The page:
Barter With Your Family

By James Harvey Stout (deceased). This material is now in the public domain. The complete collection of Mr. Stout's writing is now at >



We have found a buried treasure! Buried in this book are the ways to get new things: a bumper-pool table, a VCR, and thousands of other things. Share this treasure with your parents. They are constantly teaching us, but now we can be the teacher: we can show them how to barter.

Ask your parents to tell you about their best trades. (In Barterburg, Sandra Pick's father said that he had traded his Chevy car for a TV and an oak desk, in 1965. And last week, he had swapped an old briefcase for a tennis racket from his uncle.) Then tell your parents about your best trades. You might swap stories all evening.

Even if our parents work full-time, they can barter. Sandra's father likes to make wooden furniture in the basement, during his free time. Now he can trade those things, by putting an ad in the Barterburg Daily Gazette. And he trades them through a barter club.

Sandra's Mom makes computer artwork for the family. Now she can make artwork for neighbors, and get fresh garden produce in return. And she can join a barter club, to trade the artwork to someone who will do her household chores.

We can show this book to our parents, so they will know as much about bartering as we do. If we think that they should read certain parts of this book, we can point out those parts. We might read a chapter to our Mom while she is playing with her cat.

We can walk to the local barter clubs, to get membership information. Then we can give the brochures and applications to our parents. Maybe they will want to join, if they know enough about the clubs.

We can help our parents to make a list of things which they can trade, and things which they want. When all of your family members start to barter, they will be happier, because they will be getting what they want. We will be happier, too.

In Barterburg, Ralph Heart's father saved enough money to pay for an extra vacation-trip to the warm, sunny beach at Malibu, where they surfed and flew kites. And he spent his barter-club "units" for a new stereo which was enjoyed by the whole family. His mother bartered with their favorite restaurant, to take the family out for a Mexican dinner with burritos, tacos, and all the chips they could eat.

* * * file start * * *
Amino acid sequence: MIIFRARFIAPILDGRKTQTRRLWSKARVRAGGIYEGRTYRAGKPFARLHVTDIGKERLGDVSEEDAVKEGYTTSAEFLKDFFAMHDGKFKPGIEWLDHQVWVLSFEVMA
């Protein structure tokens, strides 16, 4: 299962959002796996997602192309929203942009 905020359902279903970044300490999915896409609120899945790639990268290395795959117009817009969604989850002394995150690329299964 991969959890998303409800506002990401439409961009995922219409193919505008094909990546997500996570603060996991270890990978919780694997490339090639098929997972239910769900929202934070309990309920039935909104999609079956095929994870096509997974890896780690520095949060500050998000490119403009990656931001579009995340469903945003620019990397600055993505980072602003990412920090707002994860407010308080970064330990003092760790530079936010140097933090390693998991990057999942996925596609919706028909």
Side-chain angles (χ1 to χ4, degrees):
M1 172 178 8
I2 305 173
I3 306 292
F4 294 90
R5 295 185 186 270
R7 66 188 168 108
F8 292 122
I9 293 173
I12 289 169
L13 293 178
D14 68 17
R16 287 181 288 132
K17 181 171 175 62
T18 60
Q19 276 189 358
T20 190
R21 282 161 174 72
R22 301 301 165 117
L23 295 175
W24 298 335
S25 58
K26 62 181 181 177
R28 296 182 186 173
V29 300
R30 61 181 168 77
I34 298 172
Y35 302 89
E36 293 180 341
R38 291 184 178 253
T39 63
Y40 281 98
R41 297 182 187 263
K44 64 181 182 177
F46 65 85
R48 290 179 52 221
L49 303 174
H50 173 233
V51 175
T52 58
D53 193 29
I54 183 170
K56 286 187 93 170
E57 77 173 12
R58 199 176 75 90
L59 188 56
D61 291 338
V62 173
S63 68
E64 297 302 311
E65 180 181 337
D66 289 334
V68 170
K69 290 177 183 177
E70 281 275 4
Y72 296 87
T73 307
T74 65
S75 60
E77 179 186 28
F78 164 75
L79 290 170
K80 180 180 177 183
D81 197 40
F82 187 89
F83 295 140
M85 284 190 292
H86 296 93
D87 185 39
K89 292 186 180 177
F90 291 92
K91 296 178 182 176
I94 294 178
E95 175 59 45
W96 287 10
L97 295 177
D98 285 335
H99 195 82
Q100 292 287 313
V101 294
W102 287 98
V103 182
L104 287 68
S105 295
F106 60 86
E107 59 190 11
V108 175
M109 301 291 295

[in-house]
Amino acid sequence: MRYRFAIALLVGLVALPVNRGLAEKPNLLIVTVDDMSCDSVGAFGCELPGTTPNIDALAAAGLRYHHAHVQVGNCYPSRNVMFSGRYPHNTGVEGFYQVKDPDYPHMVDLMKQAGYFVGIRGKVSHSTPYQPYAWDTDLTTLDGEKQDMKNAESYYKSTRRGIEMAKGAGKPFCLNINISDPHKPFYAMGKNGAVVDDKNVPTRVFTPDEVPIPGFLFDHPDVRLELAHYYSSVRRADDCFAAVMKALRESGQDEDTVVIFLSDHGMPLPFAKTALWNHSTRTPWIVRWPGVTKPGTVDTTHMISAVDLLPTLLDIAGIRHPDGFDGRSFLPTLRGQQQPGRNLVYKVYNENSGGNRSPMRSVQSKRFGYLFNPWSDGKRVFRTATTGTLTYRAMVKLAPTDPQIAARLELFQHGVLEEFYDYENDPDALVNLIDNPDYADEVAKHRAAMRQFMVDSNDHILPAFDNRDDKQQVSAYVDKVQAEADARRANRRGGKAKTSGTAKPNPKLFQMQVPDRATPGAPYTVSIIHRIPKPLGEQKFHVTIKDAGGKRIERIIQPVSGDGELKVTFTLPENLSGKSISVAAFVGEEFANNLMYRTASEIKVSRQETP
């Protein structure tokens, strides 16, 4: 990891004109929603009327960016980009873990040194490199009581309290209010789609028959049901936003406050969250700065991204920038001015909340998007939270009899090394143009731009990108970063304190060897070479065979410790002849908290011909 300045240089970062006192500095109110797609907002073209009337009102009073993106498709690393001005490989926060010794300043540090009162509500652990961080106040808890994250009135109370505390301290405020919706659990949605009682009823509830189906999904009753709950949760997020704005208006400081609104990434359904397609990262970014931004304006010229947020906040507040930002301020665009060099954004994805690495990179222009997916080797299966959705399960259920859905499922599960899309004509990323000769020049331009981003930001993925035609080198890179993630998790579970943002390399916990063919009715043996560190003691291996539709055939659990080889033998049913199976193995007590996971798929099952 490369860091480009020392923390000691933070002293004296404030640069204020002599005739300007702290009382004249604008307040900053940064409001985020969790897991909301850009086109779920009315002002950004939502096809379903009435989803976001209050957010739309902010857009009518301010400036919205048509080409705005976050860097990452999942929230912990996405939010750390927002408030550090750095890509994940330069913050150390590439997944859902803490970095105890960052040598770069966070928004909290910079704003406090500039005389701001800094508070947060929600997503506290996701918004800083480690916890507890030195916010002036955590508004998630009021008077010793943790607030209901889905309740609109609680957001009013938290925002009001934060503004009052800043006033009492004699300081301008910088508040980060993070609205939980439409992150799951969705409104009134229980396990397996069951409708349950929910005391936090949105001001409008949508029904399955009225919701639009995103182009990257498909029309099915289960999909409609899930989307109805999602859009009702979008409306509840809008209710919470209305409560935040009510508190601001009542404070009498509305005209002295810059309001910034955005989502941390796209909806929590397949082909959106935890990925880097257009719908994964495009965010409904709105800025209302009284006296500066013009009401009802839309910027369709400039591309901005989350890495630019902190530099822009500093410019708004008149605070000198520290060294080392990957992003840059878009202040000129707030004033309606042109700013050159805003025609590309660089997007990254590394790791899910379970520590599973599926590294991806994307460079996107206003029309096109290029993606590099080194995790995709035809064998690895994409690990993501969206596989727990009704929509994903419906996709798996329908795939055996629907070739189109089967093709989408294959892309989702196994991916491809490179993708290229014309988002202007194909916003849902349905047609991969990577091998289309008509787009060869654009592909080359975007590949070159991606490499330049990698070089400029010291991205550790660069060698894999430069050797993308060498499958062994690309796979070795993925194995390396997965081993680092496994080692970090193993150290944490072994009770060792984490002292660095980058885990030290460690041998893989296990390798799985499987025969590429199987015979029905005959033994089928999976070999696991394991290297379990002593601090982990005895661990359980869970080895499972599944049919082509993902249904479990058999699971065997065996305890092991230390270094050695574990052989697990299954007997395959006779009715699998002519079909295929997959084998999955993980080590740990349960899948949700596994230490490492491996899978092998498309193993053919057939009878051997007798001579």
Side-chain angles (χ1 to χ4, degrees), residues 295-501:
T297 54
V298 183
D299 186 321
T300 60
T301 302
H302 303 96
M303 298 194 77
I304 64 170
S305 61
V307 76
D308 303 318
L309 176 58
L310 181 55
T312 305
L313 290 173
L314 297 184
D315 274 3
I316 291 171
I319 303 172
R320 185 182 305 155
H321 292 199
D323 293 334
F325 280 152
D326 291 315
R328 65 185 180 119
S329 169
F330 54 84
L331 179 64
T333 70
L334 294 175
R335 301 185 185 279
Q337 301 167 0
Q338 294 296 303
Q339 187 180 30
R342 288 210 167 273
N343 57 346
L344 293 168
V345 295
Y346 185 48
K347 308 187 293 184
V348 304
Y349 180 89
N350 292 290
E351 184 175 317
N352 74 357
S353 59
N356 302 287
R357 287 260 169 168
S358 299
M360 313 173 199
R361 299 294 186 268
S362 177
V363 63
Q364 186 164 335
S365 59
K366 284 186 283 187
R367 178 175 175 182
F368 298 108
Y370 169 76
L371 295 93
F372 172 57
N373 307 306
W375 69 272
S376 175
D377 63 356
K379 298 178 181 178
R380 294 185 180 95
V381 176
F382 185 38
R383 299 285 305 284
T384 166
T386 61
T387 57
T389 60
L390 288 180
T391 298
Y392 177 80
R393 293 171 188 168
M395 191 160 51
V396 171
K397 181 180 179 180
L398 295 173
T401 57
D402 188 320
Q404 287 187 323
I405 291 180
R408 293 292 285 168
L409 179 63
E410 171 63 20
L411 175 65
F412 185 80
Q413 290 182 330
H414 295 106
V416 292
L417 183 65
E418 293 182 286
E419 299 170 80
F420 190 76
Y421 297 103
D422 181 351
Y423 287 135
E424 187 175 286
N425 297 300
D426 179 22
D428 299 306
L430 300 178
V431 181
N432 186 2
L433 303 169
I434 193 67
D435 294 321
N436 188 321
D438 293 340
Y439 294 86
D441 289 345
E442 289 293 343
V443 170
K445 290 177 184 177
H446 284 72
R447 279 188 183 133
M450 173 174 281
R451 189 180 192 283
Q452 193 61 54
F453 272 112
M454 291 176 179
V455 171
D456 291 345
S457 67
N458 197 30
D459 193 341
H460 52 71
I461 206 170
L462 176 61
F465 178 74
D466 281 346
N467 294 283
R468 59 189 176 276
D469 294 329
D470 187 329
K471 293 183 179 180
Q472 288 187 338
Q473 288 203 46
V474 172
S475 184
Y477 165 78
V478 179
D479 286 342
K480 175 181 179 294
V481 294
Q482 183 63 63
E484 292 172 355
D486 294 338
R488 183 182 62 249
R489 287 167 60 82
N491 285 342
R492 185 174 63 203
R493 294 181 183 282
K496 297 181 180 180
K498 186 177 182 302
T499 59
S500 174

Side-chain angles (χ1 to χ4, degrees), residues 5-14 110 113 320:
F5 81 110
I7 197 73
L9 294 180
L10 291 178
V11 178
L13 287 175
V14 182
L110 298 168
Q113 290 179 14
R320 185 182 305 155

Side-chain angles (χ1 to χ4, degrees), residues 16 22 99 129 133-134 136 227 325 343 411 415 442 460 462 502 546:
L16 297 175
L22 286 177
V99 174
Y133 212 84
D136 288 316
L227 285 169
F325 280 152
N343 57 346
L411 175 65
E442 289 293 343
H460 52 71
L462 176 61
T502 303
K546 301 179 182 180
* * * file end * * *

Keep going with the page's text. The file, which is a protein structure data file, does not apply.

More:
We can barter with the rest of our family: our sisters, brothers, grandparents, aunts, uncles, and cousins.

Of course, it's nice to do things for each other; we don't have to set up a deal every time. For example, we can wash the car, just to do our Dad a favor. We can pick some blackberries at Jones' Pond, and give them to our Mom as a gift.

Sometimes it's fun to make a trade. Here are some things which we can swap with our family:

  1. We can clean our sister's room. She will give us some chocolate bars which she brought home from a party last night.
  2. We can vacuum our mother's minivan. She will give us a ride to Griffith Park, even though she said she's too tired.
  3. We can give our pet rat, "Simon," to our brother. He will give us his model airplane, which he hasn't assembled yet.
  4. We can shine all of our father's shoes and brush the lint off of his yellow sweater. He will spend some of his barter-club "units" to buy us a basketball.

And there are some chores which we are expected to do, without asking for anything special in return. Family members do chores because they love one another. And they want their household to run smoothly and to look clean.